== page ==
'..There is no common format that is supported on each operating system....' That post doesn't make sense. You don't need compat formats on the drive system. Dropbox should just be copying down folders and files to the file system irrespective of what format. Any of those will support the same files - for instance, you can dload .docx or linux text files just fine to any format - disk format is irrelevent. There is no technology reason why Dropbox decided to end support for this option - they supported it in the past I believe but functionality was removed.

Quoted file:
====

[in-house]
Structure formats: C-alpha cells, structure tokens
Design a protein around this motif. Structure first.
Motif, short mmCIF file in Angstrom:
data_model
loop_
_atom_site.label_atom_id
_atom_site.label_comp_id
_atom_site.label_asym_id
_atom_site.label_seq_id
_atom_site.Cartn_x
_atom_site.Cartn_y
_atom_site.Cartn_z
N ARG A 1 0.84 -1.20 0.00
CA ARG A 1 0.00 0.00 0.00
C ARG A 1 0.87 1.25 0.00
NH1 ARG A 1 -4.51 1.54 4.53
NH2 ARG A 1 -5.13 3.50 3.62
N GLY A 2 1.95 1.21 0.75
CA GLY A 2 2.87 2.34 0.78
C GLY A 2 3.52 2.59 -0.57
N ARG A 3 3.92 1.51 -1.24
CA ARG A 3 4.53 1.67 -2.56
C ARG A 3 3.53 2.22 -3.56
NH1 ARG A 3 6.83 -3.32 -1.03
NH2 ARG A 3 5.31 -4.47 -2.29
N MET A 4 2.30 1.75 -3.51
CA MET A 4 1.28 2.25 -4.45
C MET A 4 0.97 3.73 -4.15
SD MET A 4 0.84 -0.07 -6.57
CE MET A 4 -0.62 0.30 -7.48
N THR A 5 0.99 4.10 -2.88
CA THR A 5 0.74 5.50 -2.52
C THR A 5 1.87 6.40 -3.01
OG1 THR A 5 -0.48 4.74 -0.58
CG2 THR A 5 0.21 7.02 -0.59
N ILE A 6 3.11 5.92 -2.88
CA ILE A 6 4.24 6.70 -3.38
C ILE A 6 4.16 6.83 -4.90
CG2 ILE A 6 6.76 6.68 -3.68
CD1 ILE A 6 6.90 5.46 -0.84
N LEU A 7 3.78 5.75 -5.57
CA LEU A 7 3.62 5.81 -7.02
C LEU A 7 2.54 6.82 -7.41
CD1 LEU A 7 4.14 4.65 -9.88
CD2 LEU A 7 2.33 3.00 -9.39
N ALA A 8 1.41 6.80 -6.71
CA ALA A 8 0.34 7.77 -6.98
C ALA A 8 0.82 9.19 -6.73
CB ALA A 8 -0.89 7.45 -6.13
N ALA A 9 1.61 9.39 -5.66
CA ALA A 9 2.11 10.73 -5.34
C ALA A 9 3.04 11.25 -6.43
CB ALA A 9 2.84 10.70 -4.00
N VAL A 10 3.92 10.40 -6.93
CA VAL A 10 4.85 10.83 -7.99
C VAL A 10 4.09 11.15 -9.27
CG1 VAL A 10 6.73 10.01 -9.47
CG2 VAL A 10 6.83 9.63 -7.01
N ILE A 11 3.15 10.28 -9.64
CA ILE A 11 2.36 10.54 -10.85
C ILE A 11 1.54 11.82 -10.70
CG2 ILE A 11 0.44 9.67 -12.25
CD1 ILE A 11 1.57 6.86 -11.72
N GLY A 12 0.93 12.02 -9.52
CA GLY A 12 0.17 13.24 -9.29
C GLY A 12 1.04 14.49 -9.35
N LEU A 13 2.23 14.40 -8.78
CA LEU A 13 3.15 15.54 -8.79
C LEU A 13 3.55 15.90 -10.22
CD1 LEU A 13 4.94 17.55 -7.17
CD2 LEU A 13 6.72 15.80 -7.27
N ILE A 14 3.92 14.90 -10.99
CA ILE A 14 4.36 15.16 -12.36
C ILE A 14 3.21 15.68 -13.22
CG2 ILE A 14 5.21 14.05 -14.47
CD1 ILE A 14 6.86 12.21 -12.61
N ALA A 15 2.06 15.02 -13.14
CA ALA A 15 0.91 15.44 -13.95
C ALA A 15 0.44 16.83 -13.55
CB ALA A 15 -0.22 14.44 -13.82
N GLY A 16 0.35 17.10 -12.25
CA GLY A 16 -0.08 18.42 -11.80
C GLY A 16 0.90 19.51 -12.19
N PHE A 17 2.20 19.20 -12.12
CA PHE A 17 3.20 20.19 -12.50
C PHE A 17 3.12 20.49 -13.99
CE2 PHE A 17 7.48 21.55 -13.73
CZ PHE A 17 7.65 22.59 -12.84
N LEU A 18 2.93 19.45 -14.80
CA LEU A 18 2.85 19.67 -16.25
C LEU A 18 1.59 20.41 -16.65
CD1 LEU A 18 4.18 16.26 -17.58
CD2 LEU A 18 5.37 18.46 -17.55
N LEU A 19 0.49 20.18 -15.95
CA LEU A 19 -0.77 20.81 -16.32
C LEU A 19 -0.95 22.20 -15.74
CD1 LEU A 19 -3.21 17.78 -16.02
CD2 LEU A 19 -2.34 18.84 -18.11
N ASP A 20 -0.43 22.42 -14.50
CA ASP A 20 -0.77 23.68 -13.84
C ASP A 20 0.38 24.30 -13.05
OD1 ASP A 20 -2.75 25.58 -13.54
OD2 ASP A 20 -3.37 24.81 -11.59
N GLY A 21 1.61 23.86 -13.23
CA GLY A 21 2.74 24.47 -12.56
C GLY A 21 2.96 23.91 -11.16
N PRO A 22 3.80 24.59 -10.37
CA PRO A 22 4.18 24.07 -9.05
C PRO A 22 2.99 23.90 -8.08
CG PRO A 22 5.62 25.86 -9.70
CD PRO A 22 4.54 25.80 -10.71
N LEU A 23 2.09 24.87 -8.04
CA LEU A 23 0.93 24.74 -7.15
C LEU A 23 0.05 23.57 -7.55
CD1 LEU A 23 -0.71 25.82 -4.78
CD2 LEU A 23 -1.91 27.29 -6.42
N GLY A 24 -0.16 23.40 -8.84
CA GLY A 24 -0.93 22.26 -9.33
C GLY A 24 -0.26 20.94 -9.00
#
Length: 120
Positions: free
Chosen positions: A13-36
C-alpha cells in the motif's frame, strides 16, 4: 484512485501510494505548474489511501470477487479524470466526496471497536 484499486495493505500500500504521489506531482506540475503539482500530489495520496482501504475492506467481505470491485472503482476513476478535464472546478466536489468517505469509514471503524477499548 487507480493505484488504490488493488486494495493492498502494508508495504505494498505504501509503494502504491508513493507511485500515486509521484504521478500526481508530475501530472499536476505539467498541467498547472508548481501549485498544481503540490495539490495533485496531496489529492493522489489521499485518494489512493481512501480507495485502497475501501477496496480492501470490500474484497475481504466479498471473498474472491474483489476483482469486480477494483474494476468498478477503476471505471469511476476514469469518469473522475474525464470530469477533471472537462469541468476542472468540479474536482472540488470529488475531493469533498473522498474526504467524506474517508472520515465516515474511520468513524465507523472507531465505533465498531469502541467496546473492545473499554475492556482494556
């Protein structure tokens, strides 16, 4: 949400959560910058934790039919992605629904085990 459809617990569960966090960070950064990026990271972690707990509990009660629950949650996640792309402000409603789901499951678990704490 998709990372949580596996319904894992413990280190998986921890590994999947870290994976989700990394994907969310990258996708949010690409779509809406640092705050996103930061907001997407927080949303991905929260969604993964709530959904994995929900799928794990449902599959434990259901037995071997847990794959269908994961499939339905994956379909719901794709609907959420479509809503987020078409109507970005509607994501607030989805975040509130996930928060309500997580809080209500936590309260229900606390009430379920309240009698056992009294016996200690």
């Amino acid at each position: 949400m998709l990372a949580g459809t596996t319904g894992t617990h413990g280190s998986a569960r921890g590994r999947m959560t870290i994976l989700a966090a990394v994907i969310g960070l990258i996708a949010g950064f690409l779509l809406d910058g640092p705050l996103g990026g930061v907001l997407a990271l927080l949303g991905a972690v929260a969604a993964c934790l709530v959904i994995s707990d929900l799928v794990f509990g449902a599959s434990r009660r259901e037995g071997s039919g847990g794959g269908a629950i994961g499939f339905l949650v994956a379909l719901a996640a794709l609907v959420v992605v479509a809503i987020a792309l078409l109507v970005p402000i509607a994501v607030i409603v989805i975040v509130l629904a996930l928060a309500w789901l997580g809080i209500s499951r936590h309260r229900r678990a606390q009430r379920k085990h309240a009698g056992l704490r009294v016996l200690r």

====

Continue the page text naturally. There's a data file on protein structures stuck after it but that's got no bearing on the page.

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I attempted this today, I think this thread is outdated. It looks like the dropbox desktop client for Linux no longer supports ntfs formatted volumes (requires ext4 formatted partition). Thus, it seems now impossible to boot between linux and windows and share dropbox files between them (Windows can not read ext4 formatted partition) - you must have two different dropbox installations - this is from the system requirements page on dropbox: Linux : Ubuntu 14.04 or higher, Fedora 21 or higher The Dropbox folder will need to be on an ext4-formatted hard drive or partition Note: ecryptfs is not supported, but Dropbox will continue to sync with supported file systems that are encrypted via full disk encryption (e.g. LUKS) So I have a question though. Does anyone know, if I'm booted in Linux, I can see and mount the ntfs drive - so I can open and modify files in the ntfs mounted drive within the dropbox folders for the Windows install. If I modify those files, next time I boot into Windows and the dropbox client runs - will it see the files have changed and synch them? I'm terribly disappointed that dropbox doesn't support a dual boot scenario and will be investigating alternative storage services now.
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